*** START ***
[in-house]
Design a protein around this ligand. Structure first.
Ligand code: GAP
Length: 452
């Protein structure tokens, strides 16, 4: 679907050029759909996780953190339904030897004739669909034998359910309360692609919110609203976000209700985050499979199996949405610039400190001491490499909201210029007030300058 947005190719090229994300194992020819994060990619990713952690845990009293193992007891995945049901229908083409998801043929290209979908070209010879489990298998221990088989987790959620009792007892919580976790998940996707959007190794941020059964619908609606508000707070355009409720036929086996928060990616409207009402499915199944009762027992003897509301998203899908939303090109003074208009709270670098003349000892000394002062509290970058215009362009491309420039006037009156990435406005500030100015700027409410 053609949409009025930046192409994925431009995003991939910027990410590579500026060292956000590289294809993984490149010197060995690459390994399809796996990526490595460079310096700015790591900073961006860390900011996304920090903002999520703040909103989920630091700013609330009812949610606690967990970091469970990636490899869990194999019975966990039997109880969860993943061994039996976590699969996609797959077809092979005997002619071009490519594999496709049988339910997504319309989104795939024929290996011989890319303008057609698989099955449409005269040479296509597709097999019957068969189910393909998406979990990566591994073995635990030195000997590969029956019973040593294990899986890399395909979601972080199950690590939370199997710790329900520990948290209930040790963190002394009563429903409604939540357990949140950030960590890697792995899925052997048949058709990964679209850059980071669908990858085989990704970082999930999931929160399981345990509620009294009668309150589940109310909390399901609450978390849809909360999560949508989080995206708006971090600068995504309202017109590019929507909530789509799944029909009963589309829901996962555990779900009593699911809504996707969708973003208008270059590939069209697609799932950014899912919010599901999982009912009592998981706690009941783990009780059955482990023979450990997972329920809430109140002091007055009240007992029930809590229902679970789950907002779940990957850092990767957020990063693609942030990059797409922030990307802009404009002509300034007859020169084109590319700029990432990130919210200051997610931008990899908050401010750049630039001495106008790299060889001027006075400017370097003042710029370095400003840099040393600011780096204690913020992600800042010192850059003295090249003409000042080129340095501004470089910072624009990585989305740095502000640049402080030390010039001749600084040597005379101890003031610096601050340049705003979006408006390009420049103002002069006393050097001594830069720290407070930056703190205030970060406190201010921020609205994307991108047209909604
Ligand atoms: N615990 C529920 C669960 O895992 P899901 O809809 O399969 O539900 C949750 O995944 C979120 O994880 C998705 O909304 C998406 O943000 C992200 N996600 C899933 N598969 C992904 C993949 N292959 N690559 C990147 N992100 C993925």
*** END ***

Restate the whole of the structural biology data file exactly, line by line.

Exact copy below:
[in-house]
Design a protein around this ligand. Structure first.
Ligand code: GAP
Length: 452
């Protein structure tokens, strides 16, 4: 679907050029759909996780953190339904030897004739669909034998359910309360692609919110609203976000209700985050499979199996949405610039400190001491490499909201210029007030300058 947005190719090229994300194992020819994060990619990713952690845990009293193992007891995945049901229908083409998801043929290209979908070209010879489990298998221990088989987790959620009792007892919580976790998940996707959007190794941020059964619908609606508000707070355009409720036929086996928060990616409207009402499915199944009762027992003897509301998203899908939303090109003074208009709270670098003349000892000394002062509290970058215009362009491309420039006037009156990435406005500030100015700027409410 053609949409009025930046192409994925431009995003991939910027990410590579500026060292956000590289294809993984490149010197060995690459390994399809796996990526490595460079310096700015790591900073961006860390900011996304920090903002999520703040909103989920630091700013609330009812949610606690967990970091469970990636490899869990194999019975966990039997109880969860993943061994039996976590699969996609797959077809092979005997002619071009490519594999496709049988339910997504319309989104795939024929290996011989890319303008057609698989099955449409005269040479296509597709097999019957068969189910393909998406979990990566591994073995635990030195000997590969029956019973040593294990899986890399395909979601972080199950690590939370199997710790329900520990948290209930040790963190002394009563429903409604939540357990949140950030960590890697792995899925052997048949058709990964679209850059980071669908990858085989990704970082999930999931929160399981345990509620009294009668309150589940109310909390399901609450978390849809909360999560949508989080995206708006971090600068995504309202017109590019929507909530789509799944029909009963589309829901996962555990779900009593699911809504996707969708973003208008270059590939069209697609799932950014899912919010599901999982009912009592998981706690009941783990009780059955482990023979450990997972329920809430109140002091007055009240007992029930809590229902679970789950907002779940990957850092990767957020990063693609942030990059797409922030990307802009404009002509300034007859020169084109590319700029990432990130919210200051997610931008990899908050401010750049630039001495106008790299060889001027006075400017370097003042710029370095400003840099040393600011780096204690913020992600800042010192850059003295090249003409000042080129340095501004470089910072624009990585989305740095502000640049402080030390010039001749600084040597005379101890003031610096601050340049705003979006408006390009420049103002002069006393050097001594830069720290407070930056703190205030970060406190201010921020609205994307991108047209909604
Ligand atoms: N615990 C529920 C669960 O895992 P899901 O809809 O399969 O539900 C949750 O995944 C979120 O994880 C998705 O909304 C998406 O943000 C992200 N996600 C899933 N598969 C992904 C993949 N292959 N690559 C990147 N992100 C993925």